When the inhabitants of Jabesh-gilead heard - This act of the men of Jabesh-gilead was an act of gratitude due to Saul, who, at the very commencement of his reign, rescued them from Nahash, king of the Ammonites, (see 1 Samuel 11:1, etc.), and by his timely succours saved them from the deepest degradation and the most oppressive tyranny. This heroic act, with the seven days‚Äė fast, showed that they retained a due sense of their obligation to this unfortunate monarch.
And burnt them there - It has been denied that the Hebrews burnt the bodies of the dead, but that they buried them in the earth, or embalmed them, and often burnt spices around them, etc. These no doubt were the common forms of sepulture, but neither of these could be conveniently practiced in the present case. They could not have buried them about Beth-shan without being discovered; and as to embalming, that was most likely out of all question, as doubtless the bodies were now too putrid to bear it. They therefore burnt them, because there was no other way of disposing of them at that time so as to do them honor; and the bones and ashes they collected, and buried under a tree or in a grove at Jabesh.
And fasted seven days - To testify their sincere regret for his unfortunate death, and the public calamity that had fallen upon the land.
Thus ends the troublesome, and I had almost said the useless, reign of Saul. A king was chosen in opposition to the will of the Most High; and the government of God in effect rejected, to make way for this king.
Saul was at first a very humble young man, and conducted himself with great propriety; but his elevation made him proud, and he soon became tyrannical in his private conduct and in his political measures. His natural temper was not good; he was peevish, fretful, and often outrageous; and these bad dispositions, unchecked by proper application to the grace of God, became every day more headstrong and dangerous. Through their violence he seems at times to have been wholly carried away and deranged; and this derangement appears to have been occasionally greatly exacerbated by diabolical influences. This led him to take his friends for his foes; so that in his paroxysms he strove to imbrue his hands in their blood, and more than once attempted to assassinate his own son; and most causelessly and inhumanly ordered the innocent priests of the Lord at Nob to be murdered. This was the worst act in his whole life.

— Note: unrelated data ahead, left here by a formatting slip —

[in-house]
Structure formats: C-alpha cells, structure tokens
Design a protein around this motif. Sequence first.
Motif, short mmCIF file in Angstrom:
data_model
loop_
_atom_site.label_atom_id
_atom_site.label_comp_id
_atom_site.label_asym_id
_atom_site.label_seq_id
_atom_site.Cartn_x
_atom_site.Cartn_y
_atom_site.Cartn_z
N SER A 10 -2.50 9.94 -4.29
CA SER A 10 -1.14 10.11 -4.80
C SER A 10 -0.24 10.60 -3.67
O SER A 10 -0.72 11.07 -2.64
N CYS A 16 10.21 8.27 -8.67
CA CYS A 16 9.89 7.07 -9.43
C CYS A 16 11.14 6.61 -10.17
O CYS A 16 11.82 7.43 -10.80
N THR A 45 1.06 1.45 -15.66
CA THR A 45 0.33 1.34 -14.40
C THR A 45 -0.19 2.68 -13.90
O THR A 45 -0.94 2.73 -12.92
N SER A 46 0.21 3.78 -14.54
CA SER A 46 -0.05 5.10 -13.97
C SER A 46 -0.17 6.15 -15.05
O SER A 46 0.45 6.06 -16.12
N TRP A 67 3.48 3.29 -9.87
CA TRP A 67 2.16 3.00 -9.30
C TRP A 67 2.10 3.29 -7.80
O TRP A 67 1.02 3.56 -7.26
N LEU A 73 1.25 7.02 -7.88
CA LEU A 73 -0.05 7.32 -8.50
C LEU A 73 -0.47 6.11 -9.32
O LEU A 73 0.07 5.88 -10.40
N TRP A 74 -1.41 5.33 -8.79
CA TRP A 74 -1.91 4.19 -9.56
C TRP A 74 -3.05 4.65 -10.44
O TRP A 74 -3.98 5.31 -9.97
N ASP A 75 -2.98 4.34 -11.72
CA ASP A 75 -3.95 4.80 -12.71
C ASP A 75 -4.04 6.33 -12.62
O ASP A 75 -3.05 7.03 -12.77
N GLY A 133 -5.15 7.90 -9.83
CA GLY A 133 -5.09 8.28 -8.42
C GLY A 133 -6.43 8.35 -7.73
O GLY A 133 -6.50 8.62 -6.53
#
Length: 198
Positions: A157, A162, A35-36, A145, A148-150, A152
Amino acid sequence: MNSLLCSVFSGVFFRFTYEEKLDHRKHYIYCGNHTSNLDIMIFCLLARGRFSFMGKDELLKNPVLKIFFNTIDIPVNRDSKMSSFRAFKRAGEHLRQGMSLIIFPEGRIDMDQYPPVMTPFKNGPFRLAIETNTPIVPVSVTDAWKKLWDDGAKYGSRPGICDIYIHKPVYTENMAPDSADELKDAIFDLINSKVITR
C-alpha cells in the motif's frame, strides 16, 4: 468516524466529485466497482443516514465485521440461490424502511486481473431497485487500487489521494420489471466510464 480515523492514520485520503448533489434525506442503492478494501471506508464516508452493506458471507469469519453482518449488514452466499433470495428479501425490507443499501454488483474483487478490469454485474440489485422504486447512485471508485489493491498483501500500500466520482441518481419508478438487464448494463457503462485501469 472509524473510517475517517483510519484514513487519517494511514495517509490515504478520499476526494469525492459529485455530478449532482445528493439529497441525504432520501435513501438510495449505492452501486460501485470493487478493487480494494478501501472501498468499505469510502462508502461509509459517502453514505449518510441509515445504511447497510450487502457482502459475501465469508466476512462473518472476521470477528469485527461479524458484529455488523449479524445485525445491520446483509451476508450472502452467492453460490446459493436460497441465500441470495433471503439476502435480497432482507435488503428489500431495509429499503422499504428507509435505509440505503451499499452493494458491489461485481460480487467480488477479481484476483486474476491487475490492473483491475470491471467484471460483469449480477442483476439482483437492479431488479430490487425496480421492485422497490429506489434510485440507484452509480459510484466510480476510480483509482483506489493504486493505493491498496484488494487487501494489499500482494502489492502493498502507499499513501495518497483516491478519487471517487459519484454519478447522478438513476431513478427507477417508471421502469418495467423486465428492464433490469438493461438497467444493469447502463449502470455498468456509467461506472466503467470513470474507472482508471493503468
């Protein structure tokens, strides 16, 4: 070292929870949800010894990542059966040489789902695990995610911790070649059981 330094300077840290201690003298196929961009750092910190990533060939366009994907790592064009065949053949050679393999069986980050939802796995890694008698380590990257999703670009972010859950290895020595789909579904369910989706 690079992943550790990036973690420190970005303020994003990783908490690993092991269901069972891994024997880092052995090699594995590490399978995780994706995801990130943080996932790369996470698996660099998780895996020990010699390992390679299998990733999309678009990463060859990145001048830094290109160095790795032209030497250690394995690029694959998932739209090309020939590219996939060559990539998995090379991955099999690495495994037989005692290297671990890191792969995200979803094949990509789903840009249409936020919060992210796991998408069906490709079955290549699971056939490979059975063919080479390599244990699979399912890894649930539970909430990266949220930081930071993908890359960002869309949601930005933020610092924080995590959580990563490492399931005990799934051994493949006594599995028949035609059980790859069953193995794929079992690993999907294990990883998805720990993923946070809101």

Saul was but ill qualified for a proper discharge of the regal functions. The reader will remember that he was chosen rather as a general of the armies than as civil governor. The administration of the affairs of the state was left chiefly to Samuel, and Saul led forth the armies to battle.
As a general he gave proof of considerable capacity; he was courageous, prompt, decisive, and persevering; and, except in the last unfortunate battle in which he lost his life, generally led his troops to victory.
Saul was a weak man, and very capricious; this is amply proved by his unreasonable jealousy against David, and his continual suspicion that all were leagued against him. It is also evident, in his foolish adjuration relative to the matter of the honey (see 1 Samuel 14:24-30, 1 Samuel 14:38-44) in which, to save his rash and nonsensical oath, he would have sacrificed Jonathan his son!
The question, ‚ÄúWas Saul a good king?‚ÄĚ has already in effect been answered. He was on the whole a good man, as far as we know, in private life; but he was a bad king; for he endeavored to reign independently of the Jewish constitution; he in effect assumed the sacerdotal office and functions, and thus even changed what was essential to that constitution. He not only offered sacrifices which belonged to the priests alone; but in the most positive manner went opposite to the orders of that God whose vicegerent he was.
Of his conduct in visiting the woman at En-dor I have already given my opinion, and to this I must refer. His desperate circumstances imposed on the weakness of his mind; and he did in that instance an act which, in his jurisprudential capacity, he had disapproved by the edict which banished all witches, etc., from Israel. Yet in this act he only wished to avail himself of the counsel and advice of his friend Samuel.
To the question, ‚ÄúWas not Saul a self-murderer?‚ÄĚ I scruple not to answer, ‚ÄúNo.‚ÄĚ He was to all appearance mortally wounded, when he begged his armor-bearer to extinguish the remaining spark of life; and he was afraid that the Philistines might abuse his body, if they found him alive; and we can scarcely say how much of indignity is implied in this word; and his falling on his sword was a fit of desperation, which doubtless was the issue of a mind greatly agitated, and full of distraction. A few minutes longer, and his life would in all probability have ebbed out; but though this wound accelerated his death, yet it could not be properly the cause of it, as he was mortally wounded before, and did it on the conviction that he could not survive.
Taking Saul‚Äės state and circumstances together, I believe there is not a coroner‚Äės inquest in this nation that would not have brought in a verdict of derangement; while the pious and the humane would everywhere have consoled themselves with the hope that God had extended mercy to his soul.
Millbrook, June 11, 1818.
Ended this examination August 13, 1827. - A.C.